And so I wanted to say that we are going to maintain our position, because we think that the work that must be done by the Commissioner of Official Languages is too important to be tainted by procedural defects in the nomination process. We are not changing our minds on that. Nothing in the non-responses of the minister has changed our point of view in this regard.

Before Mr. Caron drafted his comments, I had written a very similar letter. The minister replied that we had asked that francophones outside Quebec and anglophone Quebeckers be consulted and that an Acadian candidate be considered. She forgot one thing, which is that the primary purpose of my letter was to point out to her that she had never consulted our party, the NDP. And yet it was clearly stated in the letter. I wanted to clarify that point. It is part of our work as parliamentarians to see to it that laws and the rule of law be respected. We live in a society governed by the rule of law. This position is crucial, in our opinion.

That being said, I want to go back to the current provisions of the Official Languages Act. I know that Mr. Théberge knows them very well. Aside from the issue of what happens to the recommendations, there is the concrete case of Air Canada, a company which is in a way, the dunce of the class when it comes to official languages. The previous commissioner, Graham Fraser, said so on many occasions and produced a thick report substantiating his analysis.

I would like to know what tools the Commissioner of Official Languages should have, in your opinion, to obtain compliance from a delinquent like Air Canada, which obstinately refuses to comply with the Official Languages Act.

5:05 p.m.

Nominee for the position of Commissioner of Official Languages, As an Individual

Raymond Théberge

The conclusions of the committee concerning Air Canada do lead one to think that there are not many measures left to apply, and that perhaps the time has come to consider fines and sanctions. Air Canada wants to avoid its responsibilities in terms of official languages, and in order to do so, would like to see them assigned to Transport Canada.

As I was saying, it is therefore extremely important that there be consequences. Air Canada has large budgets, but the fact remains that for a private company, it's often a matter of money. I don't know what means should be used to get this enterprise to respect the law, but I think we have to find ways. There has been some progress, but for the moment, the objectives are not being met.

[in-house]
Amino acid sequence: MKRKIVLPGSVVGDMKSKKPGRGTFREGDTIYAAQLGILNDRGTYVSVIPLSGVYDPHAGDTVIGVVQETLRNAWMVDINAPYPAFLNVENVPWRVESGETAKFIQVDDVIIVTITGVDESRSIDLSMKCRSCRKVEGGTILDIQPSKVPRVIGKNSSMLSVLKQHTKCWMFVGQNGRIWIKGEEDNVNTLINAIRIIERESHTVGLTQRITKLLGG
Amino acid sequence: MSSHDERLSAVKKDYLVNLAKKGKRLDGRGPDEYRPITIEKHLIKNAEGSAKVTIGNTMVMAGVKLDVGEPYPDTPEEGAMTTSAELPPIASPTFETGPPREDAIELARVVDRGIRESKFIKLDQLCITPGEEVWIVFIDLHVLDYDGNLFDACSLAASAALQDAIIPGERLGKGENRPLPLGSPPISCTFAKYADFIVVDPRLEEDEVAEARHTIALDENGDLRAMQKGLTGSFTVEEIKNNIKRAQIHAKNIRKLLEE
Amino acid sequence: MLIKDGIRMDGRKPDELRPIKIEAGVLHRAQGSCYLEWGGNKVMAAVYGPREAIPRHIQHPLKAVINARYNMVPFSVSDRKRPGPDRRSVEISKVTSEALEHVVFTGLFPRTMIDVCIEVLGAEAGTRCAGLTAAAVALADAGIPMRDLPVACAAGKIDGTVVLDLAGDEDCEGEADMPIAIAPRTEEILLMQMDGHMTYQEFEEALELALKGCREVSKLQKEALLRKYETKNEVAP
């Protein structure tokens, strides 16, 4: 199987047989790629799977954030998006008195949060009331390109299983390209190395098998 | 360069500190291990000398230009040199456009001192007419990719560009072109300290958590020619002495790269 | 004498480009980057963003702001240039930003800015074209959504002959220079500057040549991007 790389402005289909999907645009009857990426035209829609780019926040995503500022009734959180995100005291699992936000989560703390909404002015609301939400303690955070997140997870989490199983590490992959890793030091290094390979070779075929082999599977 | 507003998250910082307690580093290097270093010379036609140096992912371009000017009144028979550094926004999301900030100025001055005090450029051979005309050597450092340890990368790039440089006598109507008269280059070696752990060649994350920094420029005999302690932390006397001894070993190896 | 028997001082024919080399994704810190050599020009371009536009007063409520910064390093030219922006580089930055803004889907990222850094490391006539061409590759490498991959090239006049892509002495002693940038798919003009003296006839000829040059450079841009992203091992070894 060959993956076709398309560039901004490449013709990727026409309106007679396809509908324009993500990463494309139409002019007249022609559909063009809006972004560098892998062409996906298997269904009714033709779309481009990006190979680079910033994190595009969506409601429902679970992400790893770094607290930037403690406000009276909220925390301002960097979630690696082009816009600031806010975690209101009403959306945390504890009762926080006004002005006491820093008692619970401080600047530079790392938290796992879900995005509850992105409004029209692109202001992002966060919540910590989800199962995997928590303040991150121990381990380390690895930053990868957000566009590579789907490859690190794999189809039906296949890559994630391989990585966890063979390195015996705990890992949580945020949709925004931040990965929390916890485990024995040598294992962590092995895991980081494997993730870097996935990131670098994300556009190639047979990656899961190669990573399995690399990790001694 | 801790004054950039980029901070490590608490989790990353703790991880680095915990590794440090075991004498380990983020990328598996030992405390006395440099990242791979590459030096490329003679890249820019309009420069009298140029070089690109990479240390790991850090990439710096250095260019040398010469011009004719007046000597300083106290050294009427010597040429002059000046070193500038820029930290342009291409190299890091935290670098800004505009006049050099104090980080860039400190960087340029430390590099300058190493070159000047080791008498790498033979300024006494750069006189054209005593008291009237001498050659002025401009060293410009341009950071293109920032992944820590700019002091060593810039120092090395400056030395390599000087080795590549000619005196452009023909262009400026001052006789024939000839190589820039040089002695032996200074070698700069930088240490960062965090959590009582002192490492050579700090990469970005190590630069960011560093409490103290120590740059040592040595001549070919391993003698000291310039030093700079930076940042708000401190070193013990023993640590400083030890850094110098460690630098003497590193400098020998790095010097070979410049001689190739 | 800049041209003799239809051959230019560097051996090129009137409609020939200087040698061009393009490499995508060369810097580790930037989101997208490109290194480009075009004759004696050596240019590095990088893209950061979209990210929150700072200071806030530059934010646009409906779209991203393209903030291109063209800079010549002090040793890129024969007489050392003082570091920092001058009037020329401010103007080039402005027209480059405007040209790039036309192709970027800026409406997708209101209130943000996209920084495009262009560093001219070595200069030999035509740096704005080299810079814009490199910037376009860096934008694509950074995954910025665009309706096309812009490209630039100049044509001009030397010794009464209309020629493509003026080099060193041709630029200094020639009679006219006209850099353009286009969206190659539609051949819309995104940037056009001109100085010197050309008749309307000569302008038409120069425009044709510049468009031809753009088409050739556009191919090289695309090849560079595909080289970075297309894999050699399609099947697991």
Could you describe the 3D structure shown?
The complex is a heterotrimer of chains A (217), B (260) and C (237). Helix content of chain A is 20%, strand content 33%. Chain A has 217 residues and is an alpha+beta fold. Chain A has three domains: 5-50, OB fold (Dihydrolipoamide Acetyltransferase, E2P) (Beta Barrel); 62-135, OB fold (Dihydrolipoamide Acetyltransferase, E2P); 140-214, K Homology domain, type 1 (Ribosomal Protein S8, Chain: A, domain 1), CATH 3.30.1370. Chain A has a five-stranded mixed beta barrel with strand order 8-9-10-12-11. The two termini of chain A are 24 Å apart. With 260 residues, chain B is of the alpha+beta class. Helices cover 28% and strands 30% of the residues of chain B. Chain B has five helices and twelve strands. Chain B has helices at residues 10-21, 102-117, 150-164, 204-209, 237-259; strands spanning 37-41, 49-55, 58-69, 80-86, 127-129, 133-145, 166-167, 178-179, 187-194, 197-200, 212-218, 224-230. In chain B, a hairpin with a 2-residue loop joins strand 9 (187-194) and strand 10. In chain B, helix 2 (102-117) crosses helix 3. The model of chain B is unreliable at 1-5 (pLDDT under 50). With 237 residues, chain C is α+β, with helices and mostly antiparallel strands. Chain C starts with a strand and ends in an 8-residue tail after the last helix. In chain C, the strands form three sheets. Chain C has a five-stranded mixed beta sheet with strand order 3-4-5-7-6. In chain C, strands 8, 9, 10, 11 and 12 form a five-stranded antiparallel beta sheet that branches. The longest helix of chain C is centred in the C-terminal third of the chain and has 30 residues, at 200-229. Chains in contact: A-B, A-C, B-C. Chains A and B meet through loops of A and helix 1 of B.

5:05 p.m.

NDP

Thomas Mulcair NDP Outremont, QC

To conclude, I'd like to tell you a brief story. This is something I experienced myself on a Porter Airlines flight, to not mention its name. An important announcement was made and a woman who was seated two rows ahead of me could not understand it. Since she wanted to know what it was about, she asked for help, and people answered her in English. But this lady did not speak English. I went to help her but I also asked the flight attendant why she had not spoken French to the woman. She replied that she was bilingual, but since the Official Languages Act did not apply to Porter Airlines, she had been asked not to speak French.

Do you think that a situation like that one could be examined by the Commissioner of Official Languages?

5:05 p.m.

Nominee for the position of Commissioner of Official Languages, As an Individual

5:05 p.m.

NDP

Thomas Mulcair NDP Outremont, QC

Thank you.

Thank you, Mr. Chair.

5:05 p.m.

Conservative

The Vice-Chair Conservative Alupa Clarke

Mr. Arseneault, you will be the last speaker. You have five and a half minutes.

5:05 p.m.

Liberal

René Arseneault Liberal Madawaska—Restigouche, NB

Am I the last one? Oh my!